Could Insects Have Ended the Dinosaurs?
A Theory of Extinction
One thing’s for certain, we are all glad that we aren’t being hunted by tyrannosaurus rexes or vicious groups of velociraptors – they’re extinct. But why? Scientists have pondered for decades as to what may have truly wiped out the dinosaurs from existence. Some theories suggest it may have involved a massive asteroid or catastrophic volcanic activity. However, according to entomologist spouses Roberta and George Poinar, there is significant evidence that suggests insects may have actually been behind the disappearance of these mighty creatures.
Insects in Prehistoric Times
While it may seem hard to believe, hundreds of thousands of insects, similar to those alive today, used to roam the Earth with dinosaurs. Some of the most notable pre-historic creepy crawlers include:
- Meganeura Dragonflies – with a wingspan of 2 feet (65cm), these prehistoric dragonflies were the size of hawks and had a predatory nature, swopping in and capturing prey to devour.
- Cockroaches – Two ancestors of the modern cockroach, the Mulleriblattina bowangi and the Crenocticola svadba, were discovered preserved in amber in a cave in the Hukawng Valley in Myanmar, between China and India. When dated, these specimens were found to be 99 million years old! This means that they were alive and thriving during the Cretaceous Period spanning 66 to 145 million years ago.
- Bed Bugs – After 15 years of analyzing the DNA of 34 bed bug species collected from 62 different locations, a team of researchers managed to confirm that bed bugs have existed for over 100 million years. As such, it appears as though bed bugs may have originally feasted on dinosaur blood for sustenance.
- Mosquitos – these bloodsuckers have been on Earth for over 45 million years, long before the appearance of homo sapien sapiens (modern humans).
Dangerous and Deadly Insects
Today, even common insects can be extremely dangerous depending on the species. Cockroaches and ticks can spread horrible diseases, fleas can infest you internally with parasites, and the venom from some species of Hymenoptera (bees, wasps, hornets, etc.) can send you to the hospital or even send those with allergies to an early grave. Perhaps the most prolific killer, however, is the mosquito, who is notorious for transmitting fatal pathogens. Each year, mosquitos are responsible for several million deaths worldwide, making it one of the deadliest creatures alive. But were they deadly to dinosaurs as well?
Much like in Michael Crichton’s fictional story, Jurassic Park, prehistoric mosquitos have actually been discovered preserved in substances such as amber. The Poinars collected various samples of these amber drops containing insects and various species of flora dating back hundreds of thousands, and even millions, of years. Following a myriad of tests, they were able to extract preserved contents within the gut of two of the amber-preserved insects. These contents revealed some shocking details about the potential health of dinosaurs.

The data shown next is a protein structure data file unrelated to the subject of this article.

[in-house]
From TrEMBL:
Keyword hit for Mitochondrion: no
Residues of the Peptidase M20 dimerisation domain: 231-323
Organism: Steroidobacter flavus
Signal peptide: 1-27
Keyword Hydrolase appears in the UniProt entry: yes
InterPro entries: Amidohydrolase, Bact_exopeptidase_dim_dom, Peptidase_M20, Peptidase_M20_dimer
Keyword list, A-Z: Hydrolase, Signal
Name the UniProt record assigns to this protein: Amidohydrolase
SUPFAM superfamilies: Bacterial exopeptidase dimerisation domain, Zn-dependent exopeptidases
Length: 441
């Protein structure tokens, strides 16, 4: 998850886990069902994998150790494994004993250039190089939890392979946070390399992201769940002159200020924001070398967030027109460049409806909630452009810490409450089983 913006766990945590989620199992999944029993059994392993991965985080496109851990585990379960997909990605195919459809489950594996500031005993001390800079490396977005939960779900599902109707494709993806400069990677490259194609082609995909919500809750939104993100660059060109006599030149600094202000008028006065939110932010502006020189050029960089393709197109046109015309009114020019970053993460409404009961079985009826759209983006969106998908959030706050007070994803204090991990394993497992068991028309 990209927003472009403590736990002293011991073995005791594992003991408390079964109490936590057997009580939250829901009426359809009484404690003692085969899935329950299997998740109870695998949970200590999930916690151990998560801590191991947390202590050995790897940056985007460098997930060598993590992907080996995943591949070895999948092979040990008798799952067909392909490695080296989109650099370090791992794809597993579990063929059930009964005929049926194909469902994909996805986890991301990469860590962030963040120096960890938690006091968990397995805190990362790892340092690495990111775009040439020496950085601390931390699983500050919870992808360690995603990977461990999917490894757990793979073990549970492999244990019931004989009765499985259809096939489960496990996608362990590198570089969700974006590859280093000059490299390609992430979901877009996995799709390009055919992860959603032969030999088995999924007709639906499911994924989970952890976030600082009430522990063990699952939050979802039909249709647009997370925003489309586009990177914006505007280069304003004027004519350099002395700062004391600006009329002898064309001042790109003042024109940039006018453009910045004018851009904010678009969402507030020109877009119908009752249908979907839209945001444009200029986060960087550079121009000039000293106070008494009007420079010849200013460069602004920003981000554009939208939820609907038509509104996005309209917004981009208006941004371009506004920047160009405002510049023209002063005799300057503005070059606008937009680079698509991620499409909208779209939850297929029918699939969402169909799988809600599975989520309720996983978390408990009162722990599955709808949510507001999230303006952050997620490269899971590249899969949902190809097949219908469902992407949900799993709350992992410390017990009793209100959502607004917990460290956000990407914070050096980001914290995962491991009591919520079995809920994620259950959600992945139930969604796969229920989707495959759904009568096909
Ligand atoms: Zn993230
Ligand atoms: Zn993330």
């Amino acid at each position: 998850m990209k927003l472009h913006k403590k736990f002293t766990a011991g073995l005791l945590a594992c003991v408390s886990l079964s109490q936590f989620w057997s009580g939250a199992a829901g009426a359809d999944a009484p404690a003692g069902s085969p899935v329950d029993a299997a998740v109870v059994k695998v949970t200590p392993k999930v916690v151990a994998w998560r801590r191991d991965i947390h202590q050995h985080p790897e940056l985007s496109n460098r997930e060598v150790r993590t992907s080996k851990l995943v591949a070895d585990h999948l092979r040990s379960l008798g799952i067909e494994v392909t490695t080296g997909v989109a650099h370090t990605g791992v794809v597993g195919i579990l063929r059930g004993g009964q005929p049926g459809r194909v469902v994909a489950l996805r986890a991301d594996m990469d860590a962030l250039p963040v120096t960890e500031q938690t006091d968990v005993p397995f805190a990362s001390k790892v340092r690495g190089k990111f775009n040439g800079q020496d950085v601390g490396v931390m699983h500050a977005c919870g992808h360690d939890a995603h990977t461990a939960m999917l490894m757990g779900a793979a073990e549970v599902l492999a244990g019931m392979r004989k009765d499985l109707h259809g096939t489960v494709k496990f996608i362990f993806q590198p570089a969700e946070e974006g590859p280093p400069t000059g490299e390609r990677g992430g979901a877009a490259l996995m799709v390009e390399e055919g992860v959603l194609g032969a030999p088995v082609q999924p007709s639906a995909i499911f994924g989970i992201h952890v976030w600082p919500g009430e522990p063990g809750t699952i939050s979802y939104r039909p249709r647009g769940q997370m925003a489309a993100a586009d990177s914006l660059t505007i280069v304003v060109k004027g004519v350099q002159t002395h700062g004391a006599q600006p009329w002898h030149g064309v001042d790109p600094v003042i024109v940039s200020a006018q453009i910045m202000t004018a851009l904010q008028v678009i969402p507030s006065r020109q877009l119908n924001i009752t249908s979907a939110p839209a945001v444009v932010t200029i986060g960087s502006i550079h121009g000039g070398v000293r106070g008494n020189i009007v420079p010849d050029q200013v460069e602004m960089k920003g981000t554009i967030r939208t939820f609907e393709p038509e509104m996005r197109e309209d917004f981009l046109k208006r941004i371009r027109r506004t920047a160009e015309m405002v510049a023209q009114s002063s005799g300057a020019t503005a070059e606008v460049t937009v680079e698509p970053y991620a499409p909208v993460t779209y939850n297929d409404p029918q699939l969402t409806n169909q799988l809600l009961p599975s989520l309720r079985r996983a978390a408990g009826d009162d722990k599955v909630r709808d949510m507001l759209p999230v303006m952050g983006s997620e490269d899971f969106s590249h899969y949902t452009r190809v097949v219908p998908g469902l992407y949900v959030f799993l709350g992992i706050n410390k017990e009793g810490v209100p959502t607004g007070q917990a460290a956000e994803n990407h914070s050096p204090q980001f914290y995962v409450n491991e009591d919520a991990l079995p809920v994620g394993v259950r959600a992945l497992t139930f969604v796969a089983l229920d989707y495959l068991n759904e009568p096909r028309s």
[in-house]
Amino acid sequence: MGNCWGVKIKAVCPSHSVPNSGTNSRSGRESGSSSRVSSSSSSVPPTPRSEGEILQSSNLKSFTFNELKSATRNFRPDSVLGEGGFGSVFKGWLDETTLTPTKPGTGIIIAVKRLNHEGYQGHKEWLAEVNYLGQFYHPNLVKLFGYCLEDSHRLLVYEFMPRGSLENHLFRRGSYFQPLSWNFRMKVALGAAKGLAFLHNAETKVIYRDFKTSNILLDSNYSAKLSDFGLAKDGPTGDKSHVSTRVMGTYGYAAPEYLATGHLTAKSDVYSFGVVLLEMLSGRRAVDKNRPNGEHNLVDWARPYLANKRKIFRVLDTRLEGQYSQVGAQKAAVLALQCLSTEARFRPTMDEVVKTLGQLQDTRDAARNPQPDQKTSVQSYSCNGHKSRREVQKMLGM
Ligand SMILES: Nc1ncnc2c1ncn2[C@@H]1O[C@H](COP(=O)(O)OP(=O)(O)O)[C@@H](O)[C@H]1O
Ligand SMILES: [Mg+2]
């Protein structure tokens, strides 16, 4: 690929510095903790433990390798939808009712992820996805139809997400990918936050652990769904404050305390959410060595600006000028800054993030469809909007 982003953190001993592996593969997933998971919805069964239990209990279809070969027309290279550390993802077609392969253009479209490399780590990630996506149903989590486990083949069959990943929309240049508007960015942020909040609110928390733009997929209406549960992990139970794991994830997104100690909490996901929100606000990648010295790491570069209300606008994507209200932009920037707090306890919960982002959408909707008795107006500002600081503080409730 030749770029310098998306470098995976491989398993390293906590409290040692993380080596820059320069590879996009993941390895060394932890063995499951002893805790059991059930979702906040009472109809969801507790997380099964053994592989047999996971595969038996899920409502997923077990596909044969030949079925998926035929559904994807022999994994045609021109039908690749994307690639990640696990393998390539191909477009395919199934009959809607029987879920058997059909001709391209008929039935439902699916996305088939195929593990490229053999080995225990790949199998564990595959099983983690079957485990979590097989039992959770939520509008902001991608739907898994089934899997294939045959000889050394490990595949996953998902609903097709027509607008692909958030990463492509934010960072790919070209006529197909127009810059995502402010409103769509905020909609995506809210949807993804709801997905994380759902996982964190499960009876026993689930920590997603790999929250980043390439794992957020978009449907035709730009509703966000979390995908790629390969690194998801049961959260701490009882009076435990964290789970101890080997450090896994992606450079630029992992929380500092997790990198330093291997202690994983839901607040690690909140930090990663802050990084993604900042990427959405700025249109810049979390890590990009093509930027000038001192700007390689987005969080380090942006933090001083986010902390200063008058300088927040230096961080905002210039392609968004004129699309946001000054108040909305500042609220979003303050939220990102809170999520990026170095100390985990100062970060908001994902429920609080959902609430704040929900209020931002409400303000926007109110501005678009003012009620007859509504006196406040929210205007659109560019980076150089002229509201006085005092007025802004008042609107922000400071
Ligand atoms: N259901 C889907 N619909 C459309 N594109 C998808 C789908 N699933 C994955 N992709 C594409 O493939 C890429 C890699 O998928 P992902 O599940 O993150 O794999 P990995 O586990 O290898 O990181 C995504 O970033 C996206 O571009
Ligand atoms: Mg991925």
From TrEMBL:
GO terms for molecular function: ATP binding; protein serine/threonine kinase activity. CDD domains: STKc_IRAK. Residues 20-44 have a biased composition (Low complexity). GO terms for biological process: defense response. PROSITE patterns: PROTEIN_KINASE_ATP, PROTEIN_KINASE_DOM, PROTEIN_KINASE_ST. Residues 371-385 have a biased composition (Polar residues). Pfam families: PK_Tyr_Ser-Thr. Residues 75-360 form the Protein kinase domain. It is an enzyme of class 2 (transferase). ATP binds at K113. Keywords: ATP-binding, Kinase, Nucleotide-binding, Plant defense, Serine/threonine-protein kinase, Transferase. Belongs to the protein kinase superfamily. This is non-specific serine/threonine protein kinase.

The first bug contained a pathogen that causes a parasitic disease known as leishmania. Leishmania is known for infecting reptiles and is typically found in tropical regions. Depending on the severity of the disease that is contracted, it can be relatively confined to the dermis and epidermis (causing skin lesions), or spread throughout several internal organs, attacking the liver, bone marrow, spleen, and potentially more. The second specimen contained pathogens that cause malaria – arguably the most infamous mosquito-borne disease today. While some cases of malaria can be fairly mild, others can become very severe and even fatal. Along with these amber-preserved insects, the Poinars managed to gather fossilized dinosaur feces. When analyzed they discovered further evidence of insect-transmitted parasites as well as confirmation of the presence of dysentery.
The late Cretaceous period was marked by tropical climates, which would’ve provided ideal living conditions for insects to survive. These conditions would’ve led to a reasonable increase in population, which could potentially increase in the risk of dino-health due to insect-borne diseases. Furthermore, pollinating insects would’ve increased the local environment’s concentration of flowering plants, effectively reducing the natural food supply of many herbivorous dinosaurs – such as ferns, gingkoes, and cycads.
Between the environmental changes caused by these insects and the insect-transmitted pathogens wreaking havoc on their health, the Poinars theorize that insects could have actually been the leading catalysts for the eventual extinction of dinosaurs. Insects and dinosaurs were, as the Poinars stated in their 2008 book on the subject, “locked in a life-or-death struggle.” As we currently face insects day to day and require pest control services, and not velociraptor control services, it’s clear that, whether they were the cause or not, insects won.
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